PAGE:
Temperatures fell below freezing in the early hours of Tuesday as rescuers and relatives picked through the ruins of the building in the city of Konya, 250km south of the capital Ankara.
A two-year-old girl is among the dead. Bystanders cheered workers who pulled out two small girls nearly eight hours after the 36-apartment block buckled at around 8:30pm (1830 GMT) on Monday. So far, 27 people have been rescued.
Agriculture Minister Sami Guclu said rescuers did not know how many people were trapped beneath the rubble.
The cause was not immediately clear. Officials at the scene blamed shoddy construction, while witnesses said they heard an explosion before the building came crashing down.
Some of the survivors were being treated for injuries from jumping out of windows.
As many as 120 people may have been inside. The apartments were crowded with guests coming to celebrate the Eid al-Adha feast, a major Muslim holiday.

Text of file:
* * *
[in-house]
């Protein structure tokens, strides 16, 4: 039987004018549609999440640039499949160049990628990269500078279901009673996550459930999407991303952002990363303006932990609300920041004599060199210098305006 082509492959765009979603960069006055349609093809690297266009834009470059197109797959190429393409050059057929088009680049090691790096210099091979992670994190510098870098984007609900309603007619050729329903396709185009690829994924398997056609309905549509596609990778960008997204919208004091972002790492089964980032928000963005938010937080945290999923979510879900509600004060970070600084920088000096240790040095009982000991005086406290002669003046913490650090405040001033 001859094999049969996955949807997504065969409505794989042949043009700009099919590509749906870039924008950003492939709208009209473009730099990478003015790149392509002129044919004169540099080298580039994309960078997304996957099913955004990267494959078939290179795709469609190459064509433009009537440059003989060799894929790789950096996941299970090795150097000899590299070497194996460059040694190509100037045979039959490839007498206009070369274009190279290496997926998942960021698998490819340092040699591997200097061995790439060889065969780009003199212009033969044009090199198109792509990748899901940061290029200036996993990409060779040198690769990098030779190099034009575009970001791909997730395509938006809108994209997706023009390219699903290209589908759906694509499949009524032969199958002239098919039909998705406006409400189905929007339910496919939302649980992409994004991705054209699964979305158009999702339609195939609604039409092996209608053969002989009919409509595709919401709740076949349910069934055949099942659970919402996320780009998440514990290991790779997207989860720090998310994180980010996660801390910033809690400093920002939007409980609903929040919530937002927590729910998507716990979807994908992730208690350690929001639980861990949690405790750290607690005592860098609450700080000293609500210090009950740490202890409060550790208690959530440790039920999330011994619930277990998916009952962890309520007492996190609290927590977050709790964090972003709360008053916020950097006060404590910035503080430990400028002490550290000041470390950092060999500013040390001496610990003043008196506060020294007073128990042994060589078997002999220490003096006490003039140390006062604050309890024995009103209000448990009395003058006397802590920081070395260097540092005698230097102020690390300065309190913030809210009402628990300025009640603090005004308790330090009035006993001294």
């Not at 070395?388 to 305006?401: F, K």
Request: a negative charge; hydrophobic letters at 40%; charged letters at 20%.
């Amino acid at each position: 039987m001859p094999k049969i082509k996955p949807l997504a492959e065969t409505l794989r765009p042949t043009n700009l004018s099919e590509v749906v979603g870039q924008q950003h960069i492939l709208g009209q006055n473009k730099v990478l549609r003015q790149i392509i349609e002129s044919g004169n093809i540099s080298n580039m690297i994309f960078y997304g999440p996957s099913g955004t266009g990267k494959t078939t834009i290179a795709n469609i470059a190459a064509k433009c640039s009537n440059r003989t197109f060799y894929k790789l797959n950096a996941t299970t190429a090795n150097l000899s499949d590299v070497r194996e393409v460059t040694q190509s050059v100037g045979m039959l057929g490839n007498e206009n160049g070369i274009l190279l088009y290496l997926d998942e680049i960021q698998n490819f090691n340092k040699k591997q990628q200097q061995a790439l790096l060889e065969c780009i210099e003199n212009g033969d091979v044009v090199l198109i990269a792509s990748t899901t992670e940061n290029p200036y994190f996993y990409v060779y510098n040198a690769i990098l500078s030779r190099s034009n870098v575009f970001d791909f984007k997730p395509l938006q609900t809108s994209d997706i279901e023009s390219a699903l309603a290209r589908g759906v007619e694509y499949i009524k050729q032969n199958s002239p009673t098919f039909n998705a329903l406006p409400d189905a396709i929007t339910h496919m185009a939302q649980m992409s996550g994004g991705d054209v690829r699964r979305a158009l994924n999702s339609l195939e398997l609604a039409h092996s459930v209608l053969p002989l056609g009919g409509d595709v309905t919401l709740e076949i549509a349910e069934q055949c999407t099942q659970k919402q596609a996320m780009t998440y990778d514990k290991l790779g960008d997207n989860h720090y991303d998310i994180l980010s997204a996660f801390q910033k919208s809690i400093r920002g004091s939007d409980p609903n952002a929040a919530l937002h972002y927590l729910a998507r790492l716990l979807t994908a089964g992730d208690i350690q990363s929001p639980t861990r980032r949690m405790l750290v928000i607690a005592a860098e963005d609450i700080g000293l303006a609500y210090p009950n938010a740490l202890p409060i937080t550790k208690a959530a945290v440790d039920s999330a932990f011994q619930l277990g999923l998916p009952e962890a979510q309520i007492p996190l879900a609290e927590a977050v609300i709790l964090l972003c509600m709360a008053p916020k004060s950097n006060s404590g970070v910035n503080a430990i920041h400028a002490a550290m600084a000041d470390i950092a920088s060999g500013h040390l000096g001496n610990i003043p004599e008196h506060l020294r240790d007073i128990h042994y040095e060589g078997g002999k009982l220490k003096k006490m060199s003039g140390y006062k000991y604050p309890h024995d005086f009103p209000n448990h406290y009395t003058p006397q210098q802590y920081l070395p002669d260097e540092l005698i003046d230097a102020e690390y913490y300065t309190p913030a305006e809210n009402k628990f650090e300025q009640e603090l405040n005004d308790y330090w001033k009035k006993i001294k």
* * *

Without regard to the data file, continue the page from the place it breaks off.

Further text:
Rescue workers said crowds of onlookers were making it difficult to listen for anyone buried alive, including a woman who had used her mobile telephone to call for help.
Nearby residents said there had been structural problems at the building and that its engineers had failed for years to win official clearance to allow people to move in.
Apartments were crowded with
well-wishers for Eid al-Adha
Interior Minister Abd al-Kadir Aksu said: "It's still not clear what caused the building to collapse. Initial reports were that the furnace had exploded, but statements from... officials show it may have collapsed due to an error in its construction."
Civil defence and military units from across Turkey rushed to Konya to assist in the rescue effort.
Similar disasters have in the past been blamed on Turkey's poorly enforced building regulations and shoddy construction.
A derelict wooden house collapsed in central Istanbul on Saturday, killing six people, and 10 students died last June when the dormitory of a Muslim religious college collapsed.
Earthquakes have also taken a devastating toll in Turkey, which is criss-crossed with faultlines.
Poor building standards have been blamed for the high number of deaths in the quakes, including two massive tremors in 1999 that killed more than 18,000 people in Turkey's industrialised northwest.